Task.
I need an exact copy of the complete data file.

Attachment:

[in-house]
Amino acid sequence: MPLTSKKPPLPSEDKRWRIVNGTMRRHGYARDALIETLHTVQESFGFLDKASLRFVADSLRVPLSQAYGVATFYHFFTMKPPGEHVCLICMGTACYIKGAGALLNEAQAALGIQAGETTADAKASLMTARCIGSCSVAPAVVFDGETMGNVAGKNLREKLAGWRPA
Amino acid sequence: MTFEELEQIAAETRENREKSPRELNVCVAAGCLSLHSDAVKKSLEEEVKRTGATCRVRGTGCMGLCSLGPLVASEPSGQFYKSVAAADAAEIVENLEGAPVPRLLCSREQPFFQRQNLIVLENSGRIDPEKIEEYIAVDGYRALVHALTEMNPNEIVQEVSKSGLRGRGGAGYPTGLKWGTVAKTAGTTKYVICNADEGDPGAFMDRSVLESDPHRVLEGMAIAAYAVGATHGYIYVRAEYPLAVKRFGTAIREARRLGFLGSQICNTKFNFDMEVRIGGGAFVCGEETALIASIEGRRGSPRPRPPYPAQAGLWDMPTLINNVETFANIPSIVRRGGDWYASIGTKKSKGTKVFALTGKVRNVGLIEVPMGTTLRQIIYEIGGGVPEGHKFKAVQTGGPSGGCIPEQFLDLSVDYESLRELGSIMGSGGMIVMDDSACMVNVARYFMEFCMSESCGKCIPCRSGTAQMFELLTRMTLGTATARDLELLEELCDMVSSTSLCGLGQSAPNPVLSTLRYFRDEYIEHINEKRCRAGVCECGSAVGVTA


[in-house]
Amino acid sequence: MPLTSKKPPLPSEDKRWRIVNGTMRRHGYARDALIETLHTVQESFGFLDKASLRFVADSLRVPLSQAYGVATFYHFFTMKPPGEHVCLICMGTACYIKGAGALLNEAQAALGIQAGETTADAKASLMTARCIGSCSVAPAVVFDGETMGNVAGKNLREKLAGWRPA
Amino acid sequence: MTFEELEQIAAETRENREKSPRELNVCVAAGCLSLHSDAVKKSLEEEVKRTGATCRVRGTGCMGLCSLGPLVASEPSGQFYKSVAAADAAEIVENLEGAPVPRLLCSREQPFFQRQNLIVLENSGRIDPEKIEEYIAVDGYRALVHALTEMNPNEIVQEVSKSGLRGRGGAGYPTGLKWGTVAKTAGTTKYVICNADEGDPGAFMDRSVLESDPHRVLEGMAIAAYAVGATHGYIYVRAEYPLAVKRFGTAIREARRLGFLGSQICNTKFNFDMEVRIGGGAFVCGEETALIASIEGRRGSPRPRPPYPAQAGLWDMPTLINNVETFANIPSIVRRGGDWYASIGTKKSKGTKVFALTGKVRNVGLIEVPMGTTLRQIIYEIGGGVPEGHKFKAVQTGGPSGGCIPEQFLDLSVDYESLRELGSIMGSGGMIVMDDSACMVNVARYFMEFCMSESCGKCIPCRSGTAQMFELLTRMTLGTATARDLELLEELCDMVSSTSLCGLGQSAPNPVLSTLRYFRDEYIEHINEKRCRAGVCECGSAVGVTA